Tunisia made history on 29 September 2021 by appointing the first Arab female Prime Minister. The country that sparked the Arab Spring has taken bold strides for gender equality by naming Dr. Najla Bouden Romdhane as the first female head of government. Prior to her appointment, Romdhane was the Director-General at the Ministry of Higher Education and Scientific Research and managed a $70m World Bank-financed programme to promote the modernisation of the Tunisian education system. The 63-year-old former geology professor studied geosciences at the National Engineering School of Tunis and later obtained a doctorate degree from École des Mines de Paris in earthquake engineering.
Romdhane’s appointment comes about two months after Tunisian President Kaïs Saïed suspended parliament and fired former Prime Minister Hichem Mechichi, using emergency powers to seize full control in what some saw as “an assault on democracy”. But in doing so, he has abated mounting allegations of usurping power from the modern elite. He may also have addressed the concerns of a global feminist movement and made Tunisia the poster child for women’s rights in the Islamic world – a much-needed change of strategy after the heavy criticism he received for not supporting equal inheritance for men and women earlier this year. Unlike their counterparts in other Muslim-dominated states, Tunisian women enjoy many freedoms, including: the right to vote; the right to work in any profession and fill nearly half the jobs in law and medicine; the right to free abortions; and, the right to divorce.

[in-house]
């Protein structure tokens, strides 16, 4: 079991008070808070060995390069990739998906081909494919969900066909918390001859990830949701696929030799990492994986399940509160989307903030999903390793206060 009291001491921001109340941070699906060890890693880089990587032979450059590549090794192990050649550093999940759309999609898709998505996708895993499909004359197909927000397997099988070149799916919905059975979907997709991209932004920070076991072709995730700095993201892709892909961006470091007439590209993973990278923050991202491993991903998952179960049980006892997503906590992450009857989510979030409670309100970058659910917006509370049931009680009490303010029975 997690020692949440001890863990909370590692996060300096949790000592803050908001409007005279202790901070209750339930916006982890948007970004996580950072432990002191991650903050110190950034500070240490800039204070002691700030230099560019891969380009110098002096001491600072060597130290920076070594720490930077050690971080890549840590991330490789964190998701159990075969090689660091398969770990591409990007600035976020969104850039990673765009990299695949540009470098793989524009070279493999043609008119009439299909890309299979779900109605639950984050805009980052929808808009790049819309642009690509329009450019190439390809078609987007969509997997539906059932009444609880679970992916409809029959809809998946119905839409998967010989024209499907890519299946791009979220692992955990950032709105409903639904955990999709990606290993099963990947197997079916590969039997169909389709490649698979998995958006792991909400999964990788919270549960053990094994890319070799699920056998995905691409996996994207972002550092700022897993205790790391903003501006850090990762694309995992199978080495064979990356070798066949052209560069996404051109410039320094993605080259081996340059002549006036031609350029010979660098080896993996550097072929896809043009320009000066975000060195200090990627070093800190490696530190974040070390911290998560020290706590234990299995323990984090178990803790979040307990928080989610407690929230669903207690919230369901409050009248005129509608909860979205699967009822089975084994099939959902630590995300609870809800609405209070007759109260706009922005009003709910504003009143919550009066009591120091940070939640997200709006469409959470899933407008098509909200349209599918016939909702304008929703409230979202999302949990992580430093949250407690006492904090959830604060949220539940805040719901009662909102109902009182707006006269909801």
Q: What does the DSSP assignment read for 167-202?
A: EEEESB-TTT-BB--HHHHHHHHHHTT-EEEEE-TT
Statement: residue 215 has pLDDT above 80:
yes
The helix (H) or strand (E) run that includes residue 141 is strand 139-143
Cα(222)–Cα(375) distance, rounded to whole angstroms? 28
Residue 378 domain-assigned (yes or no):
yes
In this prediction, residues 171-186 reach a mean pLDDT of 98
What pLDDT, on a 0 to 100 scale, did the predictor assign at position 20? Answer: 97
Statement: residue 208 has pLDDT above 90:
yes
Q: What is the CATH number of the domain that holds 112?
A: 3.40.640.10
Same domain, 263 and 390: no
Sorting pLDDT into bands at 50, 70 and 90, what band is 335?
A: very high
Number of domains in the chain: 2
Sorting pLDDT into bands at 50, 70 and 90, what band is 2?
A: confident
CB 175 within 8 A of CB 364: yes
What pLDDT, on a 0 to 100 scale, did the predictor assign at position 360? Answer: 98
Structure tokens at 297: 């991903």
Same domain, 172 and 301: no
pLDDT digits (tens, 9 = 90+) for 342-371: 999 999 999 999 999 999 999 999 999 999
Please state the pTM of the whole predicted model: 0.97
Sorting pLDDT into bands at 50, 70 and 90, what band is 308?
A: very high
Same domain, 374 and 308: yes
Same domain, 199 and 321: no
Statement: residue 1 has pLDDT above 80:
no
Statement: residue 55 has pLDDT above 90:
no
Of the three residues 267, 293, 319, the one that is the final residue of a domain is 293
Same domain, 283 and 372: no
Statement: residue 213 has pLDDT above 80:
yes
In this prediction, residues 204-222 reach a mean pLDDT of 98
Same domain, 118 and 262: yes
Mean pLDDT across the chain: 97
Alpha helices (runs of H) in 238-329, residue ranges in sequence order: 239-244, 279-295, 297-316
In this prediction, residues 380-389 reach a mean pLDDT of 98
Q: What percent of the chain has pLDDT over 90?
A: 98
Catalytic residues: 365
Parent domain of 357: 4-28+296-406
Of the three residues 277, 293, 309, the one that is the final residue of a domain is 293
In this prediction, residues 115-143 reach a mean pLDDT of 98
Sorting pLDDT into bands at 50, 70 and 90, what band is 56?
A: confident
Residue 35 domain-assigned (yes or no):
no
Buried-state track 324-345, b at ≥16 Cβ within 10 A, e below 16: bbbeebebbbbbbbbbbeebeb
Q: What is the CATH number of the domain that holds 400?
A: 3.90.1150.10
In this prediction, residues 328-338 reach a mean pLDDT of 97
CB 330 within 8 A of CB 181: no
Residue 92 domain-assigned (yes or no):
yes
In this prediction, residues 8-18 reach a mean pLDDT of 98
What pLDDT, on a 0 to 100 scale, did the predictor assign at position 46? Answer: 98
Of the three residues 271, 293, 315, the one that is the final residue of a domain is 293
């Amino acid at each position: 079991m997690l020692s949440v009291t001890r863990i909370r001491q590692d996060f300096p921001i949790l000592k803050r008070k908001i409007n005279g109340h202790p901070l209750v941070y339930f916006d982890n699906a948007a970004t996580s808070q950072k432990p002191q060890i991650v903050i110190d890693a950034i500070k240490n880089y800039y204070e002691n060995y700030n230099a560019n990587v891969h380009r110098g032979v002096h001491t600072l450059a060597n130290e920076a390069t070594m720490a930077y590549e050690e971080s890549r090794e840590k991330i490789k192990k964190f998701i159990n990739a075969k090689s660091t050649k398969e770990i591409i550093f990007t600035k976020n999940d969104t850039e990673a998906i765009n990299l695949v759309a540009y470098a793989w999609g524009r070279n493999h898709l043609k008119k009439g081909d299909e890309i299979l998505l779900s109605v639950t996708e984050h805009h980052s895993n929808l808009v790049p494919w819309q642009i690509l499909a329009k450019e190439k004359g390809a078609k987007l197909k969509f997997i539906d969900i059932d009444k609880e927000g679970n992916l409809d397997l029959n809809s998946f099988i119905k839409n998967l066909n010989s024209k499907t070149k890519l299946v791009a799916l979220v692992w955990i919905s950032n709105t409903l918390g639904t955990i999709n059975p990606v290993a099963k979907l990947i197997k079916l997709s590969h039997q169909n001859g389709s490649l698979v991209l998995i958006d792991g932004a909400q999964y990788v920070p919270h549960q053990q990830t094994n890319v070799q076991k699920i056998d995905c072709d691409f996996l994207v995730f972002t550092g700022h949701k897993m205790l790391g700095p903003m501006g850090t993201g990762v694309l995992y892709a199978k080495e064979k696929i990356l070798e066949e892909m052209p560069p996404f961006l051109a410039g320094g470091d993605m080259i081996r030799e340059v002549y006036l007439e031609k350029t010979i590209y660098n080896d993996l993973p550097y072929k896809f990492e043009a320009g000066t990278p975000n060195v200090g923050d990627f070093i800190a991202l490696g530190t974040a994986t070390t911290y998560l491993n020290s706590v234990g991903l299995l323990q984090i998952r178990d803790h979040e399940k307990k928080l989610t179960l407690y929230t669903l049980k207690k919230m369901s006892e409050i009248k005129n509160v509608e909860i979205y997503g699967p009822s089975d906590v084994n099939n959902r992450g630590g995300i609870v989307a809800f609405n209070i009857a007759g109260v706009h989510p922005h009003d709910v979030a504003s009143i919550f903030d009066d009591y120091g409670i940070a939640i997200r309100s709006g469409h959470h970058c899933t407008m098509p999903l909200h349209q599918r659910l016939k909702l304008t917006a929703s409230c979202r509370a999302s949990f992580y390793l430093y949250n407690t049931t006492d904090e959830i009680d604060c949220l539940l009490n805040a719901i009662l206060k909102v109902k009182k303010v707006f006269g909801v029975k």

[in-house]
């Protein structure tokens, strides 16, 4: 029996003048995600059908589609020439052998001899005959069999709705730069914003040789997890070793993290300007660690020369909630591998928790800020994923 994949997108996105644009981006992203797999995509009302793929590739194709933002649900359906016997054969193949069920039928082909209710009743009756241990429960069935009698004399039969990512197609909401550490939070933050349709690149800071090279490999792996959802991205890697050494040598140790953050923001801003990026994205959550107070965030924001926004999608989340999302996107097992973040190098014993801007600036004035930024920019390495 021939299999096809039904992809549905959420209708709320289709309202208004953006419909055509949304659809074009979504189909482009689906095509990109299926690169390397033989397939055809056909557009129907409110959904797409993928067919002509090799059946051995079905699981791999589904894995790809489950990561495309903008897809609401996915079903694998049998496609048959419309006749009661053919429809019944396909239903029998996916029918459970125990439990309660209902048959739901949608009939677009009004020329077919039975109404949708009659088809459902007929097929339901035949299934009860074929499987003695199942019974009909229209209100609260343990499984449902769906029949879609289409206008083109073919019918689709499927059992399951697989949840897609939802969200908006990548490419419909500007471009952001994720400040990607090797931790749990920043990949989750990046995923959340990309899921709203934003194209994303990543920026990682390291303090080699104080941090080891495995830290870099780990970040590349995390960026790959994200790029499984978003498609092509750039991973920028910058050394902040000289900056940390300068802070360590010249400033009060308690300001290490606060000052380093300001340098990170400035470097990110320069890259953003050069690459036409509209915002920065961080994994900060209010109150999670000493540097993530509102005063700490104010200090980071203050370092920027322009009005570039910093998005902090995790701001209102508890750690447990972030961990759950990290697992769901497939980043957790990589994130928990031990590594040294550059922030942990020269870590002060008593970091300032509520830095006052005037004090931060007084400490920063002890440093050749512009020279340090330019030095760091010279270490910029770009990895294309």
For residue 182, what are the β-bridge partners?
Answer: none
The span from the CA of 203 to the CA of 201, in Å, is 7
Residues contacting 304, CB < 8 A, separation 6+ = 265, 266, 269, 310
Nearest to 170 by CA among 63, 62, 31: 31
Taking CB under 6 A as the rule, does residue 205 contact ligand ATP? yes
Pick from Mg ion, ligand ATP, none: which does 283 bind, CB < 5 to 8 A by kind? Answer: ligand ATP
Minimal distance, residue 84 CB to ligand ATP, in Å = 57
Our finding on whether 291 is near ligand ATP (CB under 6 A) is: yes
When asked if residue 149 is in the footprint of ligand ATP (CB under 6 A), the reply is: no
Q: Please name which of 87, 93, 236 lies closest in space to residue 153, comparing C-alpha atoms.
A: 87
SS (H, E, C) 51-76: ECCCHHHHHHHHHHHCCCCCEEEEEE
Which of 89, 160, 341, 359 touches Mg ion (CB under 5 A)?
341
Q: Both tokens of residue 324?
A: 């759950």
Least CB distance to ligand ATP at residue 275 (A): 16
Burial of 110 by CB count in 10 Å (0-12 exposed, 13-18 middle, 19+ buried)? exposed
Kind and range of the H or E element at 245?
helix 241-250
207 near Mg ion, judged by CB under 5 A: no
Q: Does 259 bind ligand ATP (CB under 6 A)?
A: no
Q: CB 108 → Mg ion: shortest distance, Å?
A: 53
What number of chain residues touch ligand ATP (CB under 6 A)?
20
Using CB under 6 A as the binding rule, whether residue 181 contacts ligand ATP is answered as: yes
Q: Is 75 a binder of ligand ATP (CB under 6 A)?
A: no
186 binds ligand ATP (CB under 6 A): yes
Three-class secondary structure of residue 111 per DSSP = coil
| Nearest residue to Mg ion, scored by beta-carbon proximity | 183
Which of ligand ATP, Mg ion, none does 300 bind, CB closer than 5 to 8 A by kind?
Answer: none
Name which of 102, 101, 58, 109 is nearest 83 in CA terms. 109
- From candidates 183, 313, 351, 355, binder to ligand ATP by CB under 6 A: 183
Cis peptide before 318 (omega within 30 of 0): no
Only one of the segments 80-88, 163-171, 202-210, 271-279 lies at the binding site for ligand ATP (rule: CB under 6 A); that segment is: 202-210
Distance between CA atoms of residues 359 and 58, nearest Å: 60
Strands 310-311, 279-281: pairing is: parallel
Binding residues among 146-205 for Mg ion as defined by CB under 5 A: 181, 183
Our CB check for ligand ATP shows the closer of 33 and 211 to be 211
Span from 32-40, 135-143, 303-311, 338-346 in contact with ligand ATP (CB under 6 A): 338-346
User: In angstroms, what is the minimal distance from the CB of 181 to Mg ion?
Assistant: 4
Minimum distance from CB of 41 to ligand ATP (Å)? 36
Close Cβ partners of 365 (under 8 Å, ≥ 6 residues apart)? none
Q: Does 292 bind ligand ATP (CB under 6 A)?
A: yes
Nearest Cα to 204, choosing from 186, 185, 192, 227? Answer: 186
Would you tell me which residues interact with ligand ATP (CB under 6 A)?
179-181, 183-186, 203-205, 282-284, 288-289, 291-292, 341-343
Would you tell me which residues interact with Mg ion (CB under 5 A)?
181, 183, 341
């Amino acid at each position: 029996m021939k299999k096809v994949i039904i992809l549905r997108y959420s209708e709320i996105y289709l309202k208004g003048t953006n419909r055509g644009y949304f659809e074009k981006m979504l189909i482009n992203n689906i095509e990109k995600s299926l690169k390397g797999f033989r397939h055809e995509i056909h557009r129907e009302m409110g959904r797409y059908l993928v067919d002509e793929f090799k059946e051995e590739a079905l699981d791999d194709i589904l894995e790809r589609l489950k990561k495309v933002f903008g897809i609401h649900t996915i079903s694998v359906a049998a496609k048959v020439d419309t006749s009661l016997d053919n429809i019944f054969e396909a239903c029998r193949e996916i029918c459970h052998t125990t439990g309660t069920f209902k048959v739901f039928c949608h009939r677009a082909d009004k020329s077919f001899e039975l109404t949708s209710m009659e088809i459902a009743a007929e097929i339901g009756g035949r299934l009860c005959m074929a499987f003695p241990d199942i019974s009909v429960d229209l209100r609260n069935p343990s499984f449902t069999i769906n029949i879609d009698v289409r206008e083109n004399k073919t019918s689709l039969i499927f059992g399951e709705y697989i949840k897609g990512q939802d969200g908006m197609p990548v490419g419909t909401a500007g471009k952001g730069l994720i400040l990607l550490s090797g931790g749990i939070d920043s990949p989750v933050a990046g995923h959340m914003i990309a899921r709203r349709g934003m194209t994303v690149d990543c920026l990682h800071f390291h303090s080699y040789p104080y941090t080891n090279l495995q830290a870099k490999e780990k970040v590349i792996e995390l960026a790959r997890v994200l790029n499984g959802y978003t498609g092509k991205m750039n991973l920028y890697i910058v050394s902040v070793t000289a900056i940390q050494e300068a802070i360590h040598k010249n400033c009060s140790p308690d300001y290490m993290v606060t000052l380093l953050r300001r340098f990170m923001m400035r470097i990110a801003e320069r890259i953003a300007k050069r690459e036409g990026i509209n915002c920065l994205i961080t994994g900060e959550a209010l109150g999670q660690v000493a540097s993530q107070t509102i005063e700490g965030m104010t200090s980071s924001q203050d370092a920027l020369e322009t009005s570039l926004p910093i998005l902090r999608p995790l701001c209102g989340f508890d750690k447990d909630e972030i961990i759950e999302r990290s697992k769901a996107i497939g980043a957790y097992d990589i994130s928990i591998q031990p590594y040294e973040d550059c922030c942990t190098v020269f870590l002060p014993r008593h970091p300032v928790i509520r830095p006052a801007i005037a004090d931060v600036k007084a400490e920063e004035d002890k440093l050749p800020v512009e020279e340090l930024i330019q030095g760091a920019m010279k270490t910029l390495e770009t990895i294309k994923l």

Romdhane’s appointment is significant not only in the Arab world but globally as there are still few female heads of government. According to the latest data compiled by UN Women, there are currently only 10 female Heads of State across the world, and 13 Heads of Government. If the lack of gender diversity persists, the institution predicts that parity democracy will not be attainable for another 130 years. Research on the management of the COVID-19 pandemic showed that female-led countries had better outcomes with New Zealand’s Jacinda Ardern, Taiwan’s Tsai Ing-wen, Finland’s Sanna Marin and Denmark’s Mette Frederiksen winning the most praise.
“I’m absolutely confident that for two years, if every nation on earth was run by women, you would see a significant improvement across the board on just about everything”Former US President, Barack Obama. 16 December 2019. Singapore
Romdhane received a warm welcome, amidst the on-going political crisis that has gripped Tunisia since July 2021. Around two million Tunisians took to the streets in support of the President on Sunday 3 October 2021. However, critics were quick to point out that the new prime minister has little political experience and few expect her to do more than follow President Saïed’s lead. Not to mention, Romdhane is a former colleague and friend of Saïed’s sister-in-law – a fact that is adding more fuel to the fire against her. Ironically, Saïed has taken upon the task of creating a cabinet himself – an anomaly in a semi-presidential system of government where that is the responsibility of the Prime Minister. He has also arrested several of his opponents, placed travel bans and frozen assets, thereby bolstering his own power further. Tunisia is still reeling from the mismanagement of the COVID-19 pandemic and the subsequent contraction of the economy – which is what sparked the protests in January 2021 that led to Mechichi’s downfall after less than a year in office.
Romdhane comes to the fore in these pressing circumstances. Many hope she will bring a breath of fresh air to Tunisian politics and improve its position in global politics. Others call her appointment illegal. Only time will tell whether she will be able to hold her own in the region’s sole-remaining democracy.
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